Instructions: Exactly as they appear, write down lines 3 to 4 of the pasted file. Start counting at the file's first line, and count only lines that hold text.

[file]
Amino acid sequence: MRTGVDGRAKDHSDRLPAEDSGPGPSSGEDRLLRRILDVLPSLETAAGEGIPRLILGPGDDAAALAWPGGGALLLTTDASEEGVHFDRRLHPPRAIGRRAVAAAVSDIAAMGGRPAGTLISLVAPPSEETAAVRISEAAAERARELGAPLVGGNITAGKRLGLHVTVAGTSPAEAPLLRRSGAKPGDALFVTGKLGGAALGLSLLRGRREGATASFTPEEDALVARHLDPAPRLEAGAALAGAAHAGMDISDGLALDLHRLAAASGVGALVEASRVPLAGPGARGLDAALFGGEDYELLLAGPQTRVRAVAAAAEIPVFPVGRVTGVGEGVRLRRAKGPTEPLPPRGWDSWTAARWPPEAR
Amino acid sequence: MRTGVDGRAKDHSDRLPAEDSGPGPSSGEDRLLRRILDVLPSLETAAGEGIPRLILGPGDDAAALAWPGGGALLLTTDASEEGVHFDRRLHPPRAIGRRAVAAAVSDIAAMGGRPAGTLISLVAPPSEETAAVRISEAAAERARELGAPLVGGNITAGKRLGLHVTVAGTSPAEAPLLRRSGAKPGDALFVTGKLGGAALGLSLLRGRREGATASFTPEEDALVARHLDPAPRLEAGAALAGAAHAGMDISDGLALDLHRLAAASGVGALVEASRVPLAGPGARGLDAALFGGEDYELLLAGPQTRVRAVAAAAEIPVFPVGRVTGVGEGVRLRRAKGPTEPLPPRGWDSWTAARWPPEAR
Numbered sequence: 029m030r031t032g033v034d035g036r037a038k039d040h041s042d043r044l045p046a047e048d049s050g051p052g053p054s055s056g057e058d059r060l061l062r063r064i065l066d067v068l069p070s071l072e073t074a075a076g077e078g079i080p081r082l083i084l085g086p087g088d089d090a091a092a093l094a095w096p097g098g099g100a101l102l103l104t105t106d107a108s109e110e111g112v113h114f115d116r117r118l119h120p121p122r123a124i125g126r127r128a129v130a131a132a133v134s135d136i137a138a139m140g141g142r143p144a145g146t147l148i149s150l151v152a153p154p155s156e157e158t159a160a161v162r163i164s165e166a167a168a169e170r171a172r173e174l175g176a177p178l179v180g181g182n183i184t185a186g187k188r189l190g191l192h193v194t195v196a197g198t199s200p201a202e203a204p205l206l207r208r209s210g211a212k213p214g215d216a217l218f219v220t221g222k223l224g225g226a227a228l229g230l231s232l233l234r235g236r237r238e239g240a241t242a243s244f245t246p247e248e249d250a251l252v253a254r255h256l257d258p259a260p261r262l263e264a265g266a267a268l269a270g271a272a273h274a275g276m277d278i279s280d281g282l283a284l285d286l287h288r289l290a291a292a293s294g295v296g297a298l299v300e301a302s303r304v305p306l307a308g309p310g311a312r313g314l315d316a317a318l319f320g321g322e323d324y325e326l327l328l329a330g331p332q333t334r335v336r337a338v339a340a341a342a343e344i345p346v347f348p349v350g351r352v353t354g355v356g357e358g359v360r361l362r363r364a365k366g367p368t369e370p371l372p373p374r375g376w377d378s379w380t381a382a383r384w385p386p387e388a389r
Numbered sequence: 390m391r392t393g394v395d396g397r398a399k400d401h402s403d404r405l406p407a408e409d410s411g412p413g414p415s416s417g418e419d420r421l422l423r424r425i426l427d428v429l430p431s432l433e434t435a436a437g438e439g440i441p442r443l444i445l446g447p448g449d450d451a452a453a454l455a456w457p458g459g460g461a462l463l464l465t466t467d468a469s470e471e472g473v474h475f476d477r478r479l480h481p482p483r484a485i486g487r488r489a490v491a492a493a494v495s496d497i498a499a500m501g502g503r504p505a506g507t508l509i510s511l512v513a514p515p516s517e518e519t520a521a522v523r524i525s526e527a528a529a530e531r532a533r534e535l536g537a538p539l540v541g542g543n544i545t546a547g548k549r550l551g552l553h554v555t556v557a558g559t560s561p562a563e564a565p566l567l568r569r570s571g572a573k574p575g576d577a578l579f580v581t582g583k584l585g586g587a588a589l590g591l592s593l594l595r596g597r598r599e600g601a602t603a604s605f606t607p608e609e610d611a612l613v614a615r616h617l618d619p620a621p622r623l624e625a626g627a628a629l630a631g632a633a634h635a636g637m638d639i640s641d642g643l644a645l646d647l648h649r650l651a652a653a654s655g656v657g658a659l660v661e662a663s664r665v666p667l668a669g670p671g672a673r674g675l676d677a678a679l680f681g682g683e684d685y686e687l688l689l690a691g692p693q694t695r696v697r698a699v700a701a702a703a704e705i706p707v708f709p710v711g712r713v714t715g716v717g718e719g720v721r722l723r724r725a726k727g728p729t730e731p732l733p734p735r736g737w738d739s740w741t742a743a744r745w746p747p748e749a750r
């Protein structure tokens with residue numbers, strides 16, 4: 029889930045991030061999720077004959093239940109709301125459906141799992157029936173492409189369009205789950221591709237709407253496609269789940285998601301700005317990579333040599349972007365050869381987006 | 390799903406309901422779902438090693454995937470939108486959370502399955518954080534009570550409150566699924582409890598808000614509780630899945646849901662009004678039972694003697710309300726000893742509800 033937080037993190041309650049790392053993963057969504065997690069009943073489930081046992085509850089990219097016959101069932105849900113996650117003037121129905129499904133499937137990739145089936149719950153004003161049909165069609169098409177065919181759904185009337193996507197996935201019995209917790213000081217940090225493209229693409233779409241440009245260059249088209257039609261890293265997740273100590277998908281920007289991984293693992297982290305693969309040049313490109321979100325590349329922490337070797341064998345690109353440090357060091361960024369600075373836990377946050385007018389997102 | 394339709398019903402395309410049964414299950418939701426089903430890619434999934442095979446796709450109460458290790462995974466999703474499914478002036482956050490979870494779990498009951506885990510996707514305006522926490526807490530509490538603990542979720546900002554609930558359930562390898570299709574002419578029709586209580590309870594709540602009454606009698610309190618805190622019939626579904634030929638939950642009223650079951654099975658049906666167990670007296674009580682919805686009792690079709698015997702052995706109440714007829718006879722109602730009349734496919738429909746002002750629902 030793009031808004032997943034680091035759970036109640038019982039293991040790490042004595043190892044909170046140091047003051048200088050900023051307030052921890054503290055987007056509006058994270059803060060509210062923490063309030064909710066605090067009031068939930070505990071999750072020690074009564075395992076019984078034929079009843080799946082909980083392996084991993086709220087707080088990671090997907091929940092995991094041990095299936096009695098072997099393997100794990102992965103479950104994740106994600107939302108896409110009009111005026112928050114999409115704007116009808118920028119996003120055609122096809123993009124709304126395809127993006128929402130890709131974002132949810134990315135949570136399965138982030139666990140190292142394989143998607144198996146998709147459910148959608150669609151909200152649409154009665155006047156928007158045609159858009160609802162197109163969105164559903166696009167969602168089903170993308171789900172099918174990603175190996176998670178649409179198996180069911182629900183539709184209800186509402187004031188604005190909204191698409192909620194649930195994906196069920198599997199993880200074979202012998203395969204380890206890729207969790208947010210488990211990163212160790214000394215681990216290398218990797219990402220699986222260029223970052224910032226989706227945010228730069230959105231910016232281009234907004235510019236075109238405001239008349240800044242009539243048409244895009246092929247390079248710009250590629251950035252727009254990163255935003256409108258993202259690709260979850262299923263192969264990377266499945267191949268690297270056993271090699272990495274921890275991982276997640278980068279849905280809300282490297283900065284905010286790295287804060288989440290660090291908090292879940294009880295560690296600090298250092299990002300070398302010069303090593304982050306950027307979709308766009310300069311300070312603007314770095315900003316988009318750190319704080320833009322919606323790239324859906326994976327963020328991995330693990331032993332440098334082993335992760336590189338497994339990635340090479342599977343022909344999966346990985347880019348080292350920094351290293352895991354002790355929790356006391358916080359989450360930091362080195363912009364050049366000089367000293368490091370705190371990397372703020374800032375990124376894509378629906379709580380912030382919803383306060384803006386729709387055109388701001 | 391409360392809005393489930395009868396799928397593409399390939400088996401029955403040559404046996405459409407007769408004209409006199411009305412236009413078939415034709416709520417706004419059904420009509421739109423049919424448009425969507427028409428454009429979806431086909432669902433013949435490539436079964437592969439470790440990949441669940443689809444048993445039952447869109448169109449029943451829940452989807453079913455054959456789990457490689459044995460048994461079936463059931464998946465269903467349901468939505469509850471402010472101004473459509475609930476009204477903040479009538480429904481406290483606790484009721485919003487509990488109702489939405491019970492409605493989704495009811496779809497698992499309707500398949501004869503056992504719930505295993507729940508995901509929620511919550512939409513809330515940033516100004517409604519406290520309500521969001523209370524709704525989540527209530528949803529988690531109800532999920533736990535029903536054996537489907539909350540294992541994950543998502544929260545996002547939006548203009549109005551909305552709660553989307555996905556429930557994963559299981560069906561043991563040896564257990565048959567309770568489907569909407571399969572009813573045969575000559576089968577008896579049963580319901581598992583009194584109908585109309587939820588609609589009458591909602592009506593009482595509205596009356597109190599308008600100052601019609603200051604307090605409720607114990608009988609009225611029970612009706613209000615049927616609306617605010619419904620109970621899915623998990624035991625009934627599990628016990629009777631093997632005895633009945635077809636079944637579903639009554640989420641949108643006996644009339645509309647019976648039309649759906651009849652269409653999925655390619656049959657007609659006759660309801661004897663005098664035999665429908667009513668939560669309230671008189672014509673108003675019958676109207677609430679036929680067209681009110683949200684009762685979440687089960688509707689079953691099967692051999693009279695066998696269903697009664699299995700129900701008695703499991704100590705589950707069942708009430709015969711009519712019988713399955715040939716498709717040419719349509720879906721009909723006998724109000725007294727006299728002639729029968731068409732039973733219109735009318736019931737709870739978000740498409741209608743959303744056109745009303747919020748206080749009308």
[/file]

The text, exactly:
Numbered sequence: 029m030r031t032g033v034d035g036r037a038k039d040h041s042d043r044l045p046a047e048d049s050g051p052g053p054s055s056g057e058d059r060l061l062r063r064i065l066d067v068l069p070s071l072e073t074a075a076g077e078g079i080p081r082l083i084l085g086p087g088d089d090a091a092a093l094a095w096p097g098g099g100a101l102l103l104t105t106d107a108s109e110e111g112v113h114f115d116r117r118l119h120p121p122r123a124i125g126r127r128a129v130a131a132a133v134s135d136i137a138a139m140g141g142r143p144a145g146t147l148i149s150l151v152a153p154p155s156e157e158t159a160a161v162r163i164s165e166a167a168a169e170r171a172r173e174l175g176a177p178l179v180g181g182n183i184t185a186g187k188r189l190g191l192h193v194t195v196a197g198t199s200p201a202e203a204p205l206l207r208r209s210g211a212k213p214g215d216a217l218f219v220t221g222k223l224g225g226a227a228l229g230l231s232l233l234r235g236r237r238e239g240a241t242a243s244f245t246p247e248e249d250a251l252v253a254r255h256l257d258p259a260p261r262l263e264a265g266a267a268l269a270g271a272a273h274a275g276m277d278i279s280d281g282l283a284l285d286l287h288r289l290a291a292a293s294g295v296g297a298l299v300e301a302s303r304v305p306l307a308g309p310g311a312r313g314l315d316a317a318l319f320g321g322e323d324y325e326l327l328l329a330g331p332q333t334r335v336r337a338v339a340a341a342a343e344i345p346v347f348p349v350g351r352v353t354g355v356g357e358g359v360r361l362r363r364a365k366g367p368t369e370p371l372p373p374r375g376w377d378s379w380t381a382a383r384w385p386p387e388a389r
Numbered sequence: 390m391r392t393g394v395d396g397r398a399k400d401h402s403d404r405l406p407a408e409d410s411g412p413g414p415s416s417g418e419d420r421l422l423r424r425i426l427d428v429l430p431s432l433e434t435a436a437g438e439g440i441p442r443l444i445l446g447p448g449d450d451a452a453a454l455a456w457p458g459g460g461a462l463l464l465t466t467d468a469s470e471e472g473v474h475f476d477r478r479l480h481p482p483r484a485i486g487r488r489a490v491a492a493a494v495s496d497i498a499a500m501g502g503r504p505a506g507t508l509i510s511l512v513a514p515p516s517e518e519t520a521a522v523r524i525s526e527a528a529a530e531r532a533r534e535l536g537a538p539l540v541g542g543n544i545t546a547g548k549r550l551g552l553h554v555t556v557a558g559t560s561p562a563e564a565p566l567l568r569r570s571g572a573k574p575g576d577a578l579f580v581t582g583k584l585g586g587a588a589l590g591l592s593l594l595r596g597r598r599e600g601a602t603a604s605f606t607p608e609e610d611a612l613v614a615r616h617l618d619p620a621p622r623l624e625a626g627a628a629l630a631g632a633a634h635a636g637m638d639i640s641d642g643l644a645l646d647l648h649r650l651a652a653a654s655g656v657g658a659l660v661e662a663s664r665v666p667l668a669g670p671g672a673r674g675l676d677a678a679l680f681g682g683e684d685y686e687l688l689l690a691g692p693q694t695r696v697r698a699v700a701a702a703a704e705i706p707v708f709p710v711g712r713v714t715g716v717g718e719g720v721r722l723r724r725a726k727g728p729t730e731p732l733p734p735r736g737w738d739s740w741t742a743a744r745w746p747p748e749a750r